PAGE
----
Discussion in 'The DIS Unplugged Podcast' started by *NikkiBell*, Jan 13, 2013.
So you think people will be able to use them over and over again?
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I would think so. They will probably offer plain disposable versions and ones that you pay for that are nicer along with the card version for people who don't want the bracelet.
When you check into your room or go to Guest Services, they will pull up your account, scan your bracelet or card and you are all set to go.
Actually, I heard that if you do the 60 day advance check in, they will mail you your bracelet. They'll then text you your room number when it is ready so you won't even have to go to the front desk upon arrival.
So many rumers/info. We'll see what pans out....
The basic RFID part of it should be re-usable, but like I said in my earlier post there is a slightly longer range transmitter powered by a battery, for which the life of the battery is uncertain.
Yes, but if the data is to be transmitted to that computer it needs power. There must be some type of battery in it for it to work.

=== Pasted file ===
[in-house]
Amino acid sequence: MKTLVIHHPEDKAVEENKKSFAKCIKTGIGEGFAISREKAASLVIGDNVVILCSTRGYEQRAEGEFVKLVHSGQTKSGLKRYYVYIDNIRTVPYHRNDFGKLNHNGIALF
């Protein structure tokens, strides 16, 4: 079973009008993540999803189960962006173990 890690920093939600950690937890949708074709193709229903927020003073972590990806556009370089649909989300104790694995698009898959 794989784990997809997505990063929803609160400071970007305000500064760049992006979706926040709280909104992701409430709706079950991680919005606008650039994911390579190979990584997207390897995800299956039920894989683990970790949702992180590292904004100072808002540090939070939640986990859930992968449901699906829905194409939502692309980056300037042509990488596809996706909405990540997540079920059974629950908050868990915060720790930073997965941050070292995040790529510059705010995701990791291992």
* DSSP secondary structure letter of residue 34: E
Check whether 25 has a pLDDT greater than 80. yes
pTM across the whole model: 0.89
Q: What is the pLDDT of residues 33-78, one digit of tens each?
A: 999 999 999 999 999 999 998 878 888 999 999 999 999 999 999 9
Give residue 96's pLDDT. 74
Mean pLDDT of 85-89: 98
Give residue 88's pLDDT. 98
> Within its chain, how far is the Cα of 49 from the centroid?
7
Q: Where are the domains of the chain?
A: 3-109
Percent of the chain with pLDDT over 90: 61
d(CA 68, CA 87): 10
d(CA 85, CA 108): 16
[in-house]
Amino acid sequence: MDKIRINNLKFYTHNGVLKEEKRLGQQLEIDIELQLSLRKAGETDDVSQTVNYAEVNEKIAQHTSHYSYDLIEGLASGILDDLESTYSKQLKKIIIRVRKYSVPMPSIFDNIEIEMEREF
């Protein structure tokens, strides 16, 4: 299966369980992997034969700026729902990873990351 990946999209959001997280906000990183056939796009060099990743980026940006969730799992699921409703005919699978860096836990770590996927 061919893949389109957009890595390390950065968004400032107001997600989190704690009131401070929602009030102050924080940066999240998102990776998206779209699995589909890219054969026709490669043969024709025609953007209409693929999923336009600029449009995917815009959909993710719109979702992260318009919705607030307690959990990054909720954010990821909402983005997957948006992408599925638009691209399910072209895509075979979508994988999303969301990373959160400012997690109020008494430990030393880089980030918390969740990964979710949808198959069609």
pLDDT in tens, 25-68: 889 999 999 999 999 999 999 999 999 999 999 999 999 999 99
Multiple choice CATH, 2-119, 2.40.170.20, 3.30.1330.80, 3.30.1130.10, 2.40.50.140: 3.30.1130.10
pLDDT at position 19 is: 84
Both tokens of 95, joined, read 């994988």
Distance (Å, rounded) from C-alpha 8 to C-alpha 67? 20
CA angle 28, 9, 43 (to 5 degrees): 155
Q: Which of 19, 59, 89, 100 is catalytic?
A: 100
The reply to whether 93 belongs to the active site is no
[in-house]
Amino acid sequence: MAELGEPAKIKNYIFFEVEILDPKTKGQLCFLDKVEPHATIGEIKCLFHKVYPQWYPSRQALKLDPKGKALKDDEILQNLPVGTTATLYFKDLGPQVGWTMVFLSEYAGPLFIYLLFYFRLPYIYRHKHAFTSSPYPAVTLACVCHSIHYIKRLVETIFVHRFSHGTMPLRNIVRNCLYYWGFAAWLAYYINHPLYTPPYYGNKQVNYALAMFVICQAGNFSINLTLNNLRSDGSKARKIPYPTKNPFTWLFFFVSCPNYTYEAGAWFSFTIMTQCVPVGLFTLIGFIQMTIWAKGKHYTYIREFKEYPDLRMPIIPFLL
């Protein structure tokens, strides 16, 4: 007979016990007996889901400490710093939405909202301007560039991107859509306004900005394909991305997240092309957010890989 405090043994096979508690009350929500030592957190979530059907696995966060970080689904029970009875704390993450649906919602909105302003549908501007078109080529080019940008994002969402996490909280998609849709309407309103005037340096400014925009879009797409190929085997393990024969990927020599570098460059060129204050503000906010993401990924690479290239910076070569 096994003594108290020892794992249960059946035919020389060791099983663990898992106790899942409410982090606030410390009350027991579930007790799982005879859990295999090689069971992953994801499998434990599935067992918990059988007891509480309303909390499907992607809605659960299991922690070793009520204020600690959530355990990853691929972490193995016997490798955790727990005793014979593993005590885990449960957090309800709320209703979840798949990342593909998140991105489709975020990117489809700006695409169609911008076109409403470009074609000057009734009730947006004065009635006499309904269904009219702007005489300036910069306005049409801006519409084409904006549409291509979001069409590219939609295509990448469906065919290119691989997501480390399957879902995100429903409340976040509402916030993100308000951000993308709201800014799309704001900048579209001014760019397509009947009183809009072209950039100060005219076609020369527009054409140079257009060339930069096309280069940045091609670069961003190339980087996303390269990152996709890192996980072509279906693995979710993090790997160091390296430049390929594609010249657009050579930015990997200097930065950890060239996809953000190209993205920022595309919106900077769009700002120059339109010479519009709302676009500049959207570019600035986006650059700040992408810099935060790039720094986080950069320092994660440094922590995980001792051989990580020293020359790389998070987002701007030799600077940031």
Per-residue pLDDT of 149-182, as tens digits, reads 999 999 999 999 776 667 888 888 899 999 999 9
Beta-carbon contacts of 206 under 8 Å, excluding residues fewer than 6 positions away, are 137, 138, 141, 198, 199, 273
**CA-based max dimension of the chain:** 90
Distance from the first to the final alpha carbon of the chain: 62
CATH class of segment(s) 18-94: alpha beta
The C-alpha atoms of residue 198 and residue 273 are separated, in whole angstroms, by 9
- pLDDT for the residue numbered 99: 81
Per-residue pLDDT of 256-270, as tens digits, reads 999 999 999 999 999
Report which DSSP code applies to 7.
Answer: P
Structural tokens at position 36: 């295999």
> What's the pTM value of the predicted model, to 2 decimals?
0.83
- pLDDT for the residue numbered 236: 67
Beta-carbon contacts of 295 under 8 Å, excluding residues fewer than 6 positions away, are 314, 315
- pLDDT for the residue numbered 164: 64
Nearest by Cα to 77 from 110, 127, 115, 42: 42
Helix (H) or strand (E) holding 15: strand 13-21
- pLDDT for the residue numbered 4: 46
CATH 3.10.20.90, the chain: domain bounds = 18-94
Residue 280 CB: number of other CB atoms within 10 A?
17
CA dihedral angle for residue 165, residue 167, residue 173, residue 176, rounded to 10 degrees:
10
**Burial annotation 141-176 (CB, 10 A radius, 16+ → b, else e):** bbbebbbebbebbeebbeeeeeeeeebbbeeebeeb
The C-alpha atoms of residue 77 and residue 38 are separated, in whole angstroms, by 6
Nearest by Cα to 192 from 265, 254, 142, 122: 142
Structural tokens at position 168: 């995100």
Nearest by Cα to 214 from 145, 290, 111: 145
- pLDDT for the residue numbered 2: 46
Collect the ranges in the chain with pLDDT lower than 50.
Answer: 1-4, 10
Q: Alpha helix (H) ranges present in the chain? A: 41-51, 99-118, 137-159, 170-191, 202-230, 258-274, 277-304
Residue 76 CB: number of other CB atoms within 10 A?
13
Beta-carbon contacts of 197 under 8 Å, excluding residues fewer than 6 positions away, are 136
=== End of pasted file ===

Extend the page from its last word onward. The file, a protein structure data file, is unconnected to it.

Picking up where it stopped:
Short-range RFID does not need a power source. When you wave or touch it to a receiver, there is a magnetic field surrounding the receiver, which induces a current in the very small circuitry, enough to make it transmit a fixed code for a very short distance (inches generally at most).
What the battery appears to be for is where Disney mentioned that if you are close enough to some special sensors, it will pick up your band's transmission and be able to do things - whether this is some sort of custom experience trigger mechanism, or them sending you a "Hey, you're near Pecos Bill's - how about a rootin'-tootin' burger? $1 off" message, we don't know yet. But that needs to work over a longer distance, hence the battery for a stronger transmitter. It might even send a completely different code for security (supposition on my part).